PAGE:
Watching Prime Minister’s question time is a decidedly un-fun experience. If you are not bored by it, you’re annoyed. I fall into the latter camp. It makes me very annoyed, shouting at the TV annoyed. “Grow up,” I shout. “Stop chortling like self-satisfied public school boys and shouting things like ‘here here’. It doesn’t make you look clever, it makes you look like a dick.” And I’m not the only one. Recent research has shown that citizens increasingly have a negative view of their political leaders and political processes (Whiteley et al. 2013, Stoker et al. 2013). Word association exercises seem to link up ‘Politics’ and ‘Politicians’ with words like ‘deception’, ‘corruption’ and ‘privileged’. All this negativity is reflected in dropping voting rates. So, maybe it’s time for revolution… maybe the comedian is right. But I don’t think this ‘revolution’ should be so passive and comfortable as everyone staying in their houses and ignoring the ballot box come election season. Maybe rather than argue that someone else should solve the problems of our political system, we can look to ways to address these problems ourselves. “Be the change you want to see in the world”.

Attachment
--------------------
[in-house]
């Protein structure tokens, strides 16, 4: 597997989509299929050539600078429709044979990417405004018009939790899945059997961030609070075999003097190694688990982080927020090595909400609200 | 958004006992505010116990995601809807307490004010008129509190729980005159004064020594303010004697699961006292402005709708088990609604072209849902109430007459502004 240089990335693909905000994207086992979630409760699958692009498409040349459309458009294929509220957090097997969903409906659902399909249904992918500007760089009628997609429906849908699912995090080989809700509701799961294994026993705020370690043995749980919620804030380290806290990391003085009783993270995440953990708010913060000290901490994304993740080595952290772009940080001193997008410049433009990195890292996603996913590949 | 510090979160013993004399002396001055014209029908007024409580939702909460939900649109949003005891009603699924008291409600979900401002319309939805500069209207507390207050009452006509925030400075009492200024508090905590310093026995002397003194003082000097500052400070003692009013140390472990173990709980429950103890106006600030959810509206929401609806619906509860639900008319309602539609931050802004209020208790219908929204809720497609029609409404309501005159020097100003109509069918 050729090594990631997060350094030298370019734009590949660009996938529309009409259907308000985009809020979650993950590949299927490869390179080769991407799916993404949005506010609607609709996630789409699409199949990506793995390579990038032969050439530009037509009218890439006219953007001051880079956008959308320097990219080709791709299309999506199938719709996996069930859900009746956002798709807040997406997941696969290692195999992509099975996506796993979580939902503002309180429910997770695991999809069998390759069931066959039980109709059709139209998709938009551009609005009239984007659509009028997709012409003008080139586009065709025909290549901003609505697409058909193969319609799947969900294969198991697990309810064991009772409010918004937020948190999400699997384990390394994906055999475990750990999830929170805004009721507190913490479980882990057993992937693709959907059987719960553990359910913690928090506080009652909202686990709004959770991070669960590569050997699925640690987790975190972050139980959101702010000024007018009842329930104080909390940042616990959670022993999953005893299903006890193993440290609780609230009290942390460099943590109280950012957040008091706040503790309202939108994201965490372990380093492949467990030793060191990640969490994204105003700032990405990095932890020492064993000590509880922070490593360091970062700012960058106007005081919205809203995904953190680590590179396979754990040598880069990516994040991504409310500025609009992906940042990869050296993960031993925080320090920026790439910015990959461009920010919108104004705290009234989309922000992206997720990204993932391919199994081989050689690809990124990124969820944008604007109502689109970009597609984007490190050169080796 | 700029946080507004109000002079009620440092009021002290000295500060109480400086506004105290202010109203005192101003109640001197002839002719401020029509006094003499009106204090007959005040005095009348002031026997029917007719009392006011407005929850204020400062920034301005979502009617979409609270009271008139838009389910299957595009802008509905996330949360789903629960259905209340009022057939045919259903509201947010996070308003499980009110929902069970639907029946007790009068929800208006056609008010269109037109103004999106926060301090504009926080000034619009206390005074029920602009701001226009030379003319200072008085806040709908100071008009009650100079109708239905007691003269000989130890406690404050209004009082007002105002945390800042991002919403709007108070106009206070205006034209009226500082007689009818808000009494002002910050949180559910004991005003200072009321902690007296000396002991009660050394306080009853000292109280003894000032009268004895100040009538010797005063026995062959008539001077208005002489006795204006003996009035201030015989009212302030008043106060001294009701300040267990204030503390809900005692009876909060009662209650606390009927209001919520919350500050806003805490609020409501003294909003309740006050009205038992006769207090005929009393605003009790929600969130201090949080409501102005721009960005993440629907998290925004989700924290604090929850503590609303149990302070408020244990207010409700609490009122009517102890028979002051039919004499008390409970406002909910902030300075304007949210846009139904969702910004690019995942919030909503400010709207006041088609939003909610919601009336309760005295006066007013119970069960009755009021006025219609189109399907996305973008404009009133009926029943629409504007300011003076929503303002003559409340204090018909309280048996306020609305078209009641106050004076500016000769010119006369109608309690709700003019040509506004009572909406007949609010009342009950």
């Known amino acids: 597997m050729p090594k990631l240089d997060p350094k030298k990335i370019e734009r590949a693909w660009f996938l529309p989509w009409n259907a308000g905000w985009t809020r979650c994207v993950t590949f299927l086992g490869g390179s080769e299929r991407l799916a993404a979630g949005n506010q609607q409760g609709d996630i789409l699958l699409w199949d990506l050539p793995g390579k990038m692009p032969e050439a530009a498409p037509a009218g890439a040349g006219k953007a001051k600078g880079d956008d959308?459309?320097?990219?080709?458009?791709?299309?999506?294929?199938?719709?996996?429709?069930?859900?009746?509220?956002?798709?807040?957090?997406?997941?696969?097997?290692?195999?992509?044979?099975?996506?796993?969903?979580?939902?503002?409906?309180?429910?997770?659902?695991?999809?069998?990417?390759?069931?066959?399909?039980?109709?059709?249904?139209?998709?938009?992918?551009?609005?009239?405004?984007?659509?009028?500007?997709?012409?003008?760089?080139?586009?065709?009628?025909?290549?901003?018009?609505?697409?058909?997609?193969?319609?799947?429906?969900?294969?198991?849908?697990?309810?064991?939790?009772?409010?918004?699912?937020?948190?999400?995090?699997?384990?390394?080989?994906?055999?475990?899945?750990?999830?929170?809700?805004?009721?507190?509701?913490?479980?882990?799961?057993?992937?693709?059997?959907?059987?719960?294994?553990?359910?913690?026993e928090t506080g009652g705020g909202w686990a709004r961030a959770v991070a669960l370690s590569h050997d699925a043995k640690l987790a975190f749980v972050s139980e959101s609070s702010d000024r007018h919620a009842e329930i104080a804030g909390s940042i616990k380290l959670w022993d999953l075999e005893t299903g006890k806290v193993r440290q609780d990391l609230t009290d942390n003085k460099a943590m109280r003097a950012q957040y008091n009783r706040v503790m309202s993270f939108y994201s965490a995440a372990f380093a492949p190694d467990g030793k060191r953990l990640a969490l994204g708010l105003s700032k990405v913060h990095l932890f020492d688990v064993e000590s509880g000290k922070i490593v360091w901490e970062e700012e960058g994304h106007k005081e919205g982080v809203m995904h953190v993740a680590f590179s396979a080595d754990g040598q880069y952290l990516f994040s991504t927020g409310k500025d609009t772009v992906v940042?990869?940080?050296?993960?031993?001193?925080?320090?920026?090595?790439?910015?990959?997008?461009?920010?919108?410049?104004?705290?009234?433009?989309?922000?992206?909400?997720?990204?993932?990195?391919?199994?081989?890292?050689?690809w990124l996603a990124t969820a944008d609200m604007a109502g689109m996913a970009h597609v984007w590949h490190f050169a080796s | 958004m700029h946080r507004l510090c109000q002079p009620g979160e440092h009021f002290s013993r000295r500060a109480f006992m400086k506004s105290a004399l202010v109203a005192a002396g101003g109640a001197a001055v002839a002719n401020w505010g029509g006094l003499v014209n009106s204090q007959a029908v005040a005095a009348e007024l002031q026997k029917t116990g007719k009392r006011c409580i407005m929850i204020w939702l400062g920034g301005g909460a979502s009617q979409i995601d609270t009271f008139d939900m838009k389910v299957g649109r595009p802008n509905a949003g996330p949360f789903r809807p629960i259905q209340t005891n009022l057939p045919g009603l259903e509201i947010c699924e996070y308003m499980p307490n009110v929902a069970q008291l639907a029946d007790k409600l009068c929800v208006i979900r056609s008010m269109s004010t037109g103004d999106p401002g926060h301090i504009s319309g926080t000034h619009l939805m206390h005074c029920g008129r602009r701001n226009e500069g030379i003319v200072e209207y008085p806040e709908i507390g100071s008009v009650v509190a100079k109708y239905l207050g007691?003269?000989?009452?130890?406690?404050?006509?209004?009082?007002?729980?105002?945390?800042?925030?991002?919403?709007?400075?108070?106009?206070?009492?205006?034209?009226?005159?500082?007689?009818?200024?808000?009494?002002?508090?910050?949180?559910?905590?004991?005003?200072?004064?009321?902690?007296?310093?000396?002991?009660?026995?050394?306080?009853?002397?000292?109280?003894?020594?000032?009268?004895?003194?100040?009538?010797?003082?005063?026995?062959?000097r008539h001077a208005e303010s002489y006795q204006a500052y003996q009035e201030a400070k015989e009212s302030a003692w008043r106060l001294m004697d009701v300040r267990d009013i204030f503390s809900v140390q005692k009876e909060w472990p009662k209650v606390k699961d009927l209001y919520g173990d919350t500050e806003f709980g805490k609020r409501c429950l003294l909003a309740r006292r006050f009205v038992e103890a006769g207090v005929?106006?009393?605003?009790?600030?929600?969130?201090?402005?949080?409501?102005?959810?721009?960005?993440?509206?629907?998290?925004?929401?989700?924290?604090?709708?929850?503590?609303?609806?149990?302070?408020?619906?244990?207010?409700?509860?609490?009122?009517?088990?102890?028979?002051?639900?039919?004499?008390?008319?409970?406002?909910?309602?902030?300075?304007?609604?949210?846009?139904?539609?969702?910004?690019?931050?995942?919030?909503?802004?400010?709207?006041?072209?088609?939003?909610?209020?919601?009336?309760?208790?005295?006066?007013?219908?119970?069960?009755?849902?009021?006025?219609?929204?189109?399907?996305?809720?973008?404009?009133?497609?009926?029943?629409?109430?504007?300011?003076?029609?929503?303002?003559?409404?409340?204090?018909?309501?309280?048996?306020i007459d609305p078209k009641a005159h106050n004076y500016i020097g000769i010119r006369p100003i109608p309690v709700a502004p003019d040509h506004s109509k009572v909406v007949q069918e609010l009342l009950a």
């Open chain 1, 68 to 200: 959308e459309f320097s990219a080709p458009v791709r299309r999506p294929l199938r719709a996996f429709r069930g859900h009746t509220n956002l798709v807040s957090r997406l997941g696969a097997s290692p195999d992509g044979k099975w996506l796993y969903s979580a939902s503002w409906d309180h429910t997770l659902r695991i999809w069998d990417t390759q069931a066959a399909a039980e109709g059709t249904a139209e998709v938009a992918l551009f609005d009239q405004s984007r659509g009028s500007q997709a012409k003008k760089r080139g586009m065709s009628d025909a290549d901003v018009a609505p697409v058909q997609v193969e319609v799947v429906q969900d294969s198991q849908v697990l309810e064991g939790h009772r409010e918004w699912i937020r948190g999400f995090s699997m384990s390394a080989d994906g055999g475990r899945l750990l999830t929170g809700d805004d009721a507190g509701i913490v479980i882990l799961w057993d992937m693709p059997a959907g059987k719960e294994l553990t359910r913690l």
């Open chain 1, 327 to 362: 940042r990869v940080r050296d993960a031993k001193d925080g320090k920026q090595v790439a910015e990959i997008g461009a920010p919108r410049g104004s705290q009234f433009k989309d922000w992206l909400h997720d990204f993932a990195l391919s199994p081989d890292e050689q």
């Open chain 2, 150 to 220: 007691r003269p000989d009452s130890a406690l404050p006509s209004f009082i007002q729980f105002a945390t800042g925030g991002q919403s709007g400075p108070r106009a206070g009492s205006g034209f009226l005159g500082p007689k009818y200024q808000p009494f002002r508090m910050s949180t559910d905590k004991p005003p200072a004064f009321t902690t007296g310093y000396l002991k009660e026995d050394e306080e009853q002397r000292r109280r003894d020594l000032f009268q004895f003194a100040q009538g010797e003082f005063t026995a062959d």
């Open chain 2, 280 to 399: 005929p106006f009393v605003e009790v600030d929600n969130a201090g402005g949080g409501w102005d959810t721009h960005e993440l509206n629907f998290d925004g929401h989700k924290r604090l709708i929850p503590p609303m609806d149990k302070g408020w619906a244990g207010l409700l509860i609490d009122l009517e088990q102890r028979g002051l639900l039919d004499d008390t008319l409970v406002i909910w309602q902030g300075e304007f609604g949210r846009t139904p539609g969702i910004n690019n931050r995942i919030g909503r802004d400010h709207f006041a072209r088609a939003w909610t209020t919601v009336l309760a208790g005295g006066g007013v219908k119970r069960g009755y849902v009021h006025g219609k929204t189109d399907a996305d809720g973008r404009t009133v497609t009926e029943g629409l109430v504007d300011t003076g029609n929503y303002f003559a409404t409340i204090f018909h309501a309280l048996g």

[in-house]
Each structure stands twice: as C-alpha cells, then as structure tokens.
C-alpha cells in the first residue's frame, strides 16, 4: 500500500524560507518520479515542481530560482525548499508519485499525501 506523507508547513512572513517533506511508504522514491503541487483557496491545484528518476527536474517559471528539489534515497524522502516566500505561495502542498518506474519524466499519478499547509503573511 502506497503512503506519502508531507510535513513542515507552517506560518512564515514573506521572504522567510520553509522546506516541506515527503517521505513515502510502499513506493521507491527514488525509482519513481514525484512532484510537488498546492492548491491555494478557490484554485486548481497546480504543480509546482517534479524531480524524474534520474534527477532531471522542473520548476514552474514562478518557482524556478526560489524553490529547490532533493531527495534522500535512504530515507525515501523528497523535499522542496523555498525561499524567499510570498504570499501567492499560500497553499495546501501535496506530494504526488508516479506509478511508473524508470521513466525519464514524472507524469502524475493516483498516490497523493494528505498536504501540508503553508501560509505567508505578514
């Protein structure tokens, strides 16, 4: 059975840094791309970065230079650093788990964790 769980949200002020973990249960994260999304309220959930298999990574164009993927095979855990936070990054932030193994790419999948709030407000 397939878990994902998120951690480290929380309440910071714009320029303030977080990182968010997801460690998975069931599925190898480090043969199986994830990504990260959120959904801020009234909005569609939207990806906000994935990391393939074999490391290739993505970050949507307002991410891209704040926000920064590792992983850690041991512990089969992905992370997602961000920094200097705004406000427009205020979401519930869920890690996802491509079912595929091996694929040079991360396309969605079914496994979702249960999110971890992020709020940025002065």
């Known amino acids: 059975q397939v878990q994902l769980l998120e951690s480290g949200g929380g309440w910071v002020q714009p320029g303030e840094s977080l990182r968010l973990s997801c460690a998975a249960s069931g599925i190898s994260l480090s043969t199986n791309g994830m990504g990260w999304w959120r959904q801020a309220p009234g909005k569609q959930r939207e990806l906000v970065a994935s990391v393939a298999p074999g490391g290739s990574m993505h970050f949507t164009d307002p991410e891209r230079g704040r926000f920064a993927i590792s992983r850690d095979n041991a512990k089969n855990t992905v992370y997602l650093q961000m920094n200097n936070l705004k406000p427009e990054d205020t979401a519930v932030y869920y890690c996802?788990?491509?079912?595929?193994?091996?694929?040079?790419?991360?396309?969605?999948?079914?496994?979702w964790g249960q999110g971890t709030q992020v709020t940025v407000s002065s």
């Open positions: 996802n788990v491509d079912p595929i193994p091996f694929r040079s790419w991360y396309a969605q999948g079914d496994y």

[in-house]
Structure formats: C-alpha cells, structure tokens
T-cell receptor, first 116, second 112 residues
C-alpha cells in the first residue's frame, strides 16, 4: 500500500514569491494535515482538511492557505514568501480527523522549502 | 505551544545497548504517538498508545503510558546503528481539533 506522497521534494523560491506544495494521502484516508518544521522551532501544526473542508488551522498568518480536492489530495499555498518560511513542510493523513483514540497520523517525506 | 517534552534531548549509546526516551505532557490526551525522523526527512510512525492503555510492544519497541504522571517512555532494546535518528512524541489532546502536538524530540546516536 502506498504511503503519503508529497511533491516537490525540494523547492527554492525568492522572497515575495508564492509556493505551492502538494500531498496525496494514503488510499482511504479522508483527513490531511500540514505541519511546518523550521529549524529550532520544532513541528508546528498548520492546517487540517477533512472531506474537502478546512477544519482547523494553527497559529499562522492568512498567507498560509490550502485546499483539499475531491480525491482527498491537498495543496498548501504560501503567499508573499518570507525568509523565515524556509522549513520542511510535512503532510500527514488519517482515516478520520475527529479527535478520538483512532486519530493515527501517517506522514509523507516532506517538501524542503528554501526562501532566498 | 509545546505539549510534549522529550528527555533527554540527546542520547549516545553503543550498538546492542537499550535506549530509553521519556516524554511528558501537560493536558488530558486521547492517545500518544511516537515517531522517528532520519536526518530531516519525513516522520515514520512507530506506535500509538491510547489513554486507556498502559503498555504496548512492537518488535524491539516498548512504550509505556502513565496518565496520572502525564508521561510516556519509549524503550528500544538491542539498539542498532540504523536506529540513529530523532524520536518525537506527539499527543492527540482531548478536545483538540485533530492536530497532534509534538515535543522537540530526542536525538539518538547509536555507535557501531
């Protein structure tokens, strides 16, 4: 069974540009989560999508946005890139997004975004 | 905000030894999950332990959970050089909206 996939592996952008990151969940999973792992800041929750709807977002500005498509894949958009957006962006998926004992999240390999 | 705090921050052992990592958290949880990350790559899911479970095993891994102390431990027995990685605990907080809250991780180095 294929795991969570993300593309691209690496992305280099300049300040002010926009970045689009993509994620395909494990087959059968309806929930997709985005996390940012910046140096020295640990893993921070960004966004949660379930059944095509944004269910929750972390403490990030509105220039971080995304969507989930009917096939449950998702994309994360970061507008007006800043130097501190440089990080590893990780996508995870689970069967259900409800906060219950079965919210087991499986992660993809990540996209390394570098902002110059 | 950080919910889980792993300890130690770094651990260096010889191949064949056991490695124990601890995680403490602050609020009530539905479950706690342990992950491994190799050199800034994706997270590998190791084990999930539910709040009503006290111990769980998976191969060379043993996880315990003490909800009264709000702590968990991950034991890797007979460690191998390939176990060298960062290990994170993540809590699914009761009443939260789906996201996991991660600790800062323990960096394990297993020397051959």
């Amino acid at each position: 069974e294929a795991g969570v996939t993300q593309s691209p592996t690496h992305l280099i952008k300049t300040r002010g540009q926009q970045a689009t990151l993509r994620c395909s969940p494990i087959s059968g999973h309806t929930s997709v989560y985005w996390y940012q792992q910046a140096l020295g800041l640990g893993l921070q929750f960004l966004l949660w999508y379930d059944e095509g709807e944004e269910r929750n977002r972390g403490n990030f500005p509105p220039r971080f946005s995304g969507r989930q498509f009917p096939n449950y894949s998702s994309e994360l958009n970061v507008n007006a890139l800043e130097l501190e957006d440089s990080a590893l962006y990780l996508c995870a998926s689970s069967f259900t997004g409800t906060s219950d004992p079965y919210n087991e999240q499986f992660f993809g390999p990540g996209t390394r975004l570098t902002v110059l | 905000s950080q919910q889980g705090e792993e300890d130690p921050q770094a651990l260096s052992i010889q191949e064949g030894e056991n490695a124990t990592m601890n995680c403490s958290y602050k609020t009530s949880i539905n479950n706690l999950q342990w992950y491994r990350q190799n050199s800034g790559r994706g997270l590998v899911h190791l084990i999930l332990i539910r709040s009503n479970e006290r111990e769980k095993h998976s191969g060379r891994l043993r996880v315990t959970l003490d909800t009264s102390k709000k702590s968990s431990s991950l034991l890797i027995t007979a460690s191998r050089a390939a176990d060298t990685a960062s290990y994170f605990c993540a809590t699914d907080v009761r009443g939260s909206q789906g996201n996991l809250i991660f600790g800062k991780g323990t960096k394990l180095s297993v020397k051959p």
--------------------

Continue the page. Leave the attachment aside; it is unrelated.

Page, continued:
The change I want to see is a more engaging, inclusive and direct democracy. I don’t want to be turned off when I turn on the TV. I’d like to see democracy made fun again.
This is where I believe the arts and culture can play a fundamental role. The arts can encourage curiosity, empathy (Jo Broadwood 2012) and self-expression (John Dewey 1980), and these attributes can encourage active citizenship and democratic engagement. The value of the arts is not limited to its intrinsic value, but is apparent in the way it changes peoples lives, views, ability of expression and state of mind. This belief is becoming a movement that is filled with life and inspiration. (links below)
So, armed with arts and culture and all it has offered us, lets paint the town red and make democracy fun again.